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OnStar Reverses ToS Changes 90

Posted by Unknown Lamer
from the or-will-they dept.
First time accepted submitter BlackWind writes "It seems that even Government Motors is smart enough to figure out when they've gone too far. GM announced that the OnStar service will revert to their previous Terms of Service in the wake of the firestorm of criticism that their plan to sell GPS data created."
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OnStar Reverses ToS Changes

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  • by Hatta (162192) on Tuesday September 27, 2011 @04:12PM (#37531084) Journal

    I'd bet GM will be making an extra large contribution to Schumer's campaign this year. If Schumer was really serious about doing anything but shaking down GM, he would have introduced legislation prohibiting vehicle tracking. But that's not going to happen obviously.

    • Re: (Score:2, Interesting)

      by Anonymous Coward

      I'd bet GM will be making an extra large contribution to Schumer's campaign this year. If Schumer was really serious about doing anything but shaking down GM, he would have introduced legislation prohibiting vehicle tracking. But that's not going to happen obviously.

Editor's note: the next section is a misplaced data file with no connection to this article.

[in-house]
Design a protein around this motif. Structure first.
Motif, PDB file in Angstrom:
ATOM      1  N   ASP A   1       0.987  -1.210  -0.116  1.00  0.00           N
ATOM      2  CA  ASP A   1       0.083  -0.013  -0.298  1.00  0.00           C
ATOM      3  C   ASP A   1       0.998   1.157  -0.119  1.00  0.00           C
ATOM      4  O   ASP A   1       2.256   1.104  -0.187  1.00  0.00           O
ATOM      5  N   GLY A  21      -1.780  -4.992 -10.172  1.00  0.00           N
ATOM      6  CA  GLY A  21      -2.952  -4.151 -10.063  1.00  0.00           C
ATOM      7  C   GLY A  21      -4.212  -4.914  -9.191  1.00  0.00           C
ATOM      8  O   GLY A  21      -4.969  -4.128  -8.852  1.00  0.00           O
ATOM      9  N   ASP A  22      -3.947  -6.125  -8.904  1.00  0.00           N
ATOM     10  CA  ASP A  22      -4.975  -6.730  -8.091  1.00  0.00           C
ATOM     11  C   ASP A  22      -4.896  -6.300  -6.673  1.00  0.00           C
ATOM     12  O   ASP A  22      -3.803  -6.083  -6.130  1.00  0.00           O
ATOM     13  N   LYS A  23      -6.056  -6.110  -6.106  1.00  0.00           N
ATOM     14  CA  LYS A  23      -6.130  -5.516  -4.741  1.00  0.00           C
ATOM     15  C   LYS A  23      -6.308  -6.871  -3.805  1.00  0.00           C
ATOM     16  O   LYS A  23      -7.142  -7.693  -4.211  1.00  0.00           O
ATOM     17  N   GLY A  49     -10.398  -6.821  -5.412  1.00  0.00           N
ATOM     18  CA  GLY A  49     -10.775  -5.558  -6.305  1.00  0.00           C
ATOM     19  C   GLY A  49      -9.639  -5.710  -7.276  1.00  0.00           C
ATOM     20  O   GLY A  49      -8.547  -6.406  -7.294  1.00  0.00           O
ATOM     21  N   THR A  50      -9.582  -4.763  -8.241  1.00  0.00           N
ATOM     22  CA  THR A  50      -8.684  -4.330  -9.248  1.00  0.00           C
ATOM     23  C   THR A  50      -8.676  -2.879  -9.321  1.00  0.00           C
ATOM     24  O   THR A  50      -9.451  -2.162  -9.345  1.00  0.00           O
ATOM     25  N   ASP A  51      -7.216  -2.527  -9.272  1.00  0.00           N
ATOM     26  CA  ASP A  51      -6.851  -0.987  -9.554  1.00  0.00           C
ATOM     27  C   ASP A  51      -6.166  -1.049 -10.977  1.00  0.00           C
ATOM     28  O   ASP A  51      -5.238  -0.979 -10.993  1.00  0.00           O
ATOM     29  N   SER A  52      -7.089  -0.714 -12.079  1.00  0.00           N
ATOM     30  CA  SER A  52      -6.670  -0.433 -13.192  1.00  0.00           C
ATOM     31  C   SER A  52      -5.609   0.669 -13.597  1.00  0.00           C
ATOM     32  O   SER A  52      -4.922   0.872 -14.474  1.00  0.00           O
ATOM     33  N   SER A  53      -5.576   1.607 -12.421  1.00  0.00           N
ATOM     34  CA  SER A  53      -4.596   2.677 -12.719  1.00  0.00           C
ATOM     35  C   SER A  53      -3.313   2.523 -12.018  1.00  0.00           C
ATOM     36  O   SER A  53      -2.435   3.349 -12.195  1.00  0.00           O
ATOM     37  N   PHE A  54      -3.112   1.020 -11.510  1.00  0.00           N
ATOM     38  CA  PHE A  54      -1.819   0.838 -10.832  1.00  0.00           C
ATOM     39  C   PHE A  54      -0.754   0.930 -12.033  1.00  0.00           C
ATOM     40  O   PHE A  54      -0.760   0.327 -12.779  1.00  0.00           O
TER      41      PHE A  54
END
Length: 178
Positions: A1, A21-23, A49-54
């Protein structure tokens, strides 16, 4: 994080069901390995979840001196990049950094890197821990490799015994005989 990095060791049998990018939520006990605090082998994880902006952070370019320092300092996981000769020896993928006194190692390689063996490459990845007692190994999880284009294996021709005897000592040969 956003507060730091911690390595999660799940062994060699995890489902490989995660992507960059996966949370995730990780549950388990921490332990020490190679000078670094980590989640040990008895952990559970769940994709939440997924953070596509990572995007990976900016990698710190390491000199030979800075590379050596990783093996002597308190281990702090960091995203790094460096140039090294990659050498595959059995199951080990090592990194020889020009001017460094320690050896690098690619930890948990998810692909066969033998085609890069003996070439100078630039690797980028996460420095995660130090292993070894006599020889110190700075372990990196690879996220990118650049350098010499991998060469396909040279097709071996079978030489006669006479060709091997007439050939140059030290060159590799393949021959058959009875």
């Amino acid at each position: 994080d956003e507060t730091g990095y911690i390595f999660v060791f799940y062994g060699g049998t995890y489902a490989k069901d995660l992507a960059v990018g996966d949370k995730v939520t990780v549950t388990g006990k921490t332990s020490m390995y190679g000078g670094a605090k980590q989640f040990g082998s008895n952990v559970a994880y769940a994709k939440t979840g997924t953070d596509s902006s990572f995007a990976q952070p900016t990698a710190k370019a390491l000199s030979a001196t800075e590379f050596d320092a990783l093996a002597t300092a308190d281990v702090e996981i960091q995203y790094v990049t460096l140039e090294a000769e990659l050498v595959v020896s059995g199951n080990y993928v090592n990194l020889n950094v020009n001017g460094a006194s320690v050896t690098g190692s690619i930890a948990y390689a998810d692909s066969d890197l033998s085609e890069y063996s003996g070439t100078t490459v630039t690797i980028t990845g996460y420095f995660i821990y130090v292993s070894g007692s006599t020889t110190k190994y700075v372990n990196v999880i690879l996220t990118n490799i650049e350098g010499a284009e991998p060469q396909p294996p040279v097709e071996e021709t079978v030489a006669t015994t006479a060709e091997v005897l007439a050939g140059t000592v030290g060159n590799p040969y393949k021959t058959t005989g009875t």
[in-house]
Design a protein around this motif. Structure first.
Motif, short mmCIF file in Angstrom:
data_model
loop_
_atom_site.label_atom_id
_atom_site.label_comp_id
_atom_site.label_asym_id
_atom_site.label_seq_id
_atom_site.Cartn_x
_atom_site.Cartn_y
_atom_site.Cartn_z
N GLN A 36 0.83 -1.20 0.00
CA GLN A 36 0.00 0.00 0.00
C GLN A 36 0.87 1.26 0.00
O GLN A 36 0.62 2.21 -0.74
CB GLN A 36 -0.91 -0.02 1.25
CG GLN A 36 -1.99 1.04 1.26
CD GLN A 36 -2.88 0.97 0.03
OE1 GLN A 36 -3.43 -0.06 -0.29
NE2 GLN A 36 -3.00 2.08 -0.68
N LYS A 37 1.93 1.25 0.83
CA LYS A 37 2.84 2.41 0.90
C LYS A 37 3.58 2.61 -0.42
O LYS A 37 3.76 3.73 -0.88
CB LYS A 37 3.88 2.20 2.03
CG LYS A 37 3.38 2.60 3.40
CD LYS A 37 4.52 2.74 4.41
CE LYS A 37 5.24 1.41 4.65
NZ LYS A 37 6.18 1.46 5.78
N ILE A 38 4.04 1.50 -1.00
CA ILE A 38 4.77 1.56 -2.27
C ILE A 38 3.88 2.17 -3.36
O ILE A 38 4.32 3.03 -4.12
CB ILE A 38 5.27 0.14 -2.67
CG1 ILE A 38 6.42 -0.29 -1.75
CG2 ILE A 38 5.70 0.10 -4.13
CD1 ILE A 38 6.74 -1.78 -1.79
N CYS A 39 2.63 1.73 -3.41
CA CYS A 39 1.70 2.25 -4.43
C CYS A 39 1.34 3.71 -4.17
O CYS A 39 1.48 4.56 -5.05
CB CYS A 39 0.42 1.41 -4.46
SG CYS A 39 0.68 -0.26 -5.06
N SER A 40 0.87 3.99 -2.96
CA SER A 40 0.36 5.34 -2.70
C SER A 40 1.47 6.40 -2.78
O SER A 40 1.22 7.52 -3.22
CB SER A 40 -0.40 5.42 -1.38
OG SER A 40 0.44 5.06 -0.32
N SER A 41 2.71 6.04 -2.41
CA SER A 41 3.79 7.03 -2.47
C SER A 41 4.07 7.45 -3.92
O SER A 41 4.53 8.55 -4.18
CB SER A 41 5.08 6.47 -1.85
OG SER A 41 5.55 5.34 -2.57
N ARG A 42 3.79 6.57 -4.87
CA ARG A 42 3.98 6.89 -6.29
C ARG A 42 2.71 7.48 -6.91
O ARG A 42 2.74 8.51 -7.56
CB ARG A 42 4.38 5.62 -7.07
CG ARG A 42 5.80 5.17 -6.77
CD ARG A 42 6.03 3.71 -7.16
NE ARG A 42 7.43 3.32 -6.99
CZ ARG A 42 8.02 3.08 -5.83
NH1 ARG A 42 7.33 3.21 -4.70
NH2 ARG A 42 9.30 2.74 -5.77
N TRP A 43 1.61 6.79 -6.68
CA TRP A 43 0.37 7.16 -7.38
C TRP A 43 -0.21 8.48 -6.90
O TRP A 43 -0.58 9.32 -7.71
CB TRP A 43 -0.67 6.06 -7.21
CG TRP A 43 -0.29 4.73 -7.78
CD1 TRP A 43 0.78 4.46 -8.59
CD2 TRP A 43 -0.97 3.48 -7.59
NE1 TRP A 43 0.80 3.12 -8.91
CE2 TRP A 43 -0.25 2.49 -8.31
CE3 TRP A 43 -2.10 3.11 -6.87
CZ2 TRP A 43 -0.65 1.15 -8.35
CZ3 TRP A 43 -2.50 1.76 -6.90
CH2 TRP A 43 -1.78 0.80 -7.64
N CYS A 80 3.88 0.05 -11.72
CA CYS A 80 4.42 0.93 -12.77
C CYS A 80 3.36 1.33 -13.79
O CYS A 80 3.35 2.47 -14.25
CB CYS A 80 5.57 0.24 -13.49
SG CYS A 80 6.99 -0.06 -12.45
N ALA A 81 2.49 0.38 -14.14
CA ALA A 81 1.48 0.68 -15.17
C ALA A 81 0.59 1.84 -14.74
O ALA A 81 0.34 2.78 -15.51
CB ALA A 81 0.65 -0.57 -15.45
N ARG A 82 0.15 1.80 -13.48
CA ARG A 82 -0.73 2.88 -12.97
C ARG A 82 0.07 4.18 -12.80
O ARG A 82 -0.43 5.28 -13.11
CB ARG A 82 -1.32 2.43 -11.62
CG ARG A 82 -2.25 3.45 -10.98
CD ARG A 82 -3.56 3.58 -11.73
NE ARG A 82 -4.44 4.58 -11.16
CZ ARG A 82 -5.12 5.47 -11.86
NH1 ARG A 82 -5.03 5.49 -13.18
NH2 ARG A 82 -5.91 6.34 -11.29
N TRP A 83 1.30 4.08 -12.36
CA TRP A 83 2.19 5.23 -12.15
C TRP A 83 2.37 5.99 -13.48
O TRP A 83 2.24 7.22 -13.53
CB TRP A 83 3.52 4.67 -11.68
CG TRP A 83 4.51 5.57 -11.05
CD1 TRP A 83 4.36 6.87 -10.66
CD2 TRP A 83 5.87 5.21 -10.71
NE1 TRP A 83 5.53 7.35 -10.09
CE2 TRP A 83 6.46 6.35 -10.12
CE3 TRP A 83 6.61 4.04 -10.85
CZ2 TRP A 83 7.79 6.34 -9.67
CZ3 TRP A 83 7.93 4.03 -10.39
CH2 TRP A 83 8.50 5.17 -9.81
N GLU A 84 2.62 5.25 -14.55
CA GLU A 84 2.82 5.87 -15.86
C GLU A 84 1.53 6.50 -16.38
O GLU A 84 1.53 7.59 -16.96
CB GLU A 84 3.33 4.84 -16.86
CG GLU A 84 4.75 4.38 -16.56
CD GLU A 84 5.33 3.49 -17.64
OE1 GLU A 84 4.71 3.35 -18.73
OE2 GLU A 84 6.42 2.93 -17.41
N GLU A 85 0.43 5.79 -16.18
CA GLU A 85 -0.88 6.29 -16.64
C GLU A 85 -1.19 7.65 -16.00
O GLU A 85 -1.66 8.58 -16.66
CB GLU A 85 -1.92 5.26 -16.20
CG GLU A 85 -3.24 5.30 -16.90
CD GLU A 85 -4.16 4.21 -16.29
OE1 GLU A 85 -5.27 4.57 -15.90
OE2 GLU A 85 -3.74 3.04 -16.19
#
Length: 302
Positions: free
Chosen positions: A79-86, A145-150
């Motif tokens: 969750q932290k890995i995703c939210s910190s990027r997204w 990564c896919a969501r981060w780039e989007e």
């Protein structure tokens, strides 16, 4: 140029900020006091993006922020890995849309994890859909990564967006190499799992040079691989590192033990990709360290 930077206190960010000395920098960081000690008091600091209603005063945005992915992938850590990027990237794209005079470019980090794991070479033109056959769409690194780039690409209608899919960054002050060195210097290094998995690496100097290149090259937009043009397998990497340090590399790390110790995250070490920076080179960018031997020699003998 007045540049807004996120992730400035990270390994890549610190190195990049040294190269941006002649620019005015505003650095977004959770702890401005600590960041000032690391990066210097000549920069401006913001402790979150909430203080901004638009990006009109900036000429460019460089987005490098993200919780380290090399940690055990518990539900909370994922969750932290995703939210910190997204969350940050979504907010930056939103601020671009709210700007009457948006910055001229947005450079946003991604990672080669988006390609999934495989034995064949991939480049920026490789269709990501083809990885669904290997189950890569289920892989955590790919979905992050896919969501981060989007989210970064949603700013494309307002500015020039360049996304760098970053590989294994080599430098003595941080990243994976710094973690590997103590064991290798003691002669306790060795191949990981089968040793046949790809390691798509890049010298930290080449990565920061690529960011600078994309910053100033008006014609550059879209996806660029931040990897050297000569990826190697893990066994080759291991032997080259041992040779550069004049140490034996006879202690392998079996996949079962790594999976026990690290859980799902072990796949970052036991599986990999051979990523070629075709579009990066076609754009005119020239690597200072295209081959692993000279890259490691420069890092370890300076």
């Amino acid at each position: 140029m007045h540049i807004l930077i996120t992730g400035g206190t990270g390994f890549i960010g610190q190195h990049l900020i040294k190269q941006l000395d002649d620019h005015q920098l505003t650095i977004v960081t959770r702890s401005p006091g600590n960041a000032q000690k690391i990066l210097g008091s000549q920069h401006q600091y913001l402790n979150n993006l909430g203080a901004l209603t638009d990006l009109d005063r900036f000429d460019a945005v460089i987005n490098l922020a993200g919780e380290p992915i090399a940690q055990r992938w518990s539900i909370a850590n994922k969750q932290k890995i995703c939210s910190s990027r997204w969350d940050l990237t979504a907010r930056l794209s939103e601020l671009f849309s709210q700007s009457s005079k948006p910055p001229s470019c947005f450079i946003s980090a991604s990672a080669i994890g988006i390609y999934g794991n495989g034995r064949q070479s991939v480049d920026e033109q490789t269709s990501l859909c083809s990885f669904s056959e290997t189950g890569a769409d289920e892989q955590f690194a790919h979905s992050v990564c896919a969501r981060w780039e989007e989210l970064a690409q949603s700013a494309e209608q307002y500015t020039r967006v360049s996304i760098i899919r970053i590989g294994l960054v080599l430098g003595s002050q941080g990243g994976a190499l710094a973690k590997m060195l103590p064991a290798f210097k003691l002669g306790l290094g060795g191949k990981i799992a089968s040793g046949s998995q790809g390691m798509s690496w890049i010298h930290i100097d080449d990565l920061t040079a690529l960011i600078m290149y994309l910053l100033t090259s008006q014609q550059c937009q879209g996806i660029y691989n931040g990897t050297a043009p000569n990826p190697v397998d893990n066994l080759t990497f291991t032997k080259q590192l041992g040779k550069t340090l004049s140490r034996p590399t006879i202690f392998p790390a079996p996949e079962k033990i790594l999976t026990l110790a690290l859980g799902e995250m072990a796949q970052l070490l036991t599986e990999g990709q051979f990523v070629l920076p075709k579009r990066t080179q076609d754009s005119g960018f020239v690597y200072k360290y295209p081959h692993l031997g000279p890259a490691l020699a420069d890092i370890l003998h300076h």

Like that would get through with the way Republicans are right now. Rand Paul would hold it up arguing that the government is denying corporate freedoms by not allowing OnStar to forcefully ID chip every person that ever rides in a car with OnStar in it.

      • Why slam republicans for hypothetically stopping something the democrats would never start?

        Analyze the situation. The problem is not the other political party, it's a government that puts itself and its campaign sponsors above its citizens.

        • by Pope (17780)

          Blame an electoral system that has candidates out campaigning and having to raise money a year + out from the actual election date. Running a campaign that long takes boatloads of money.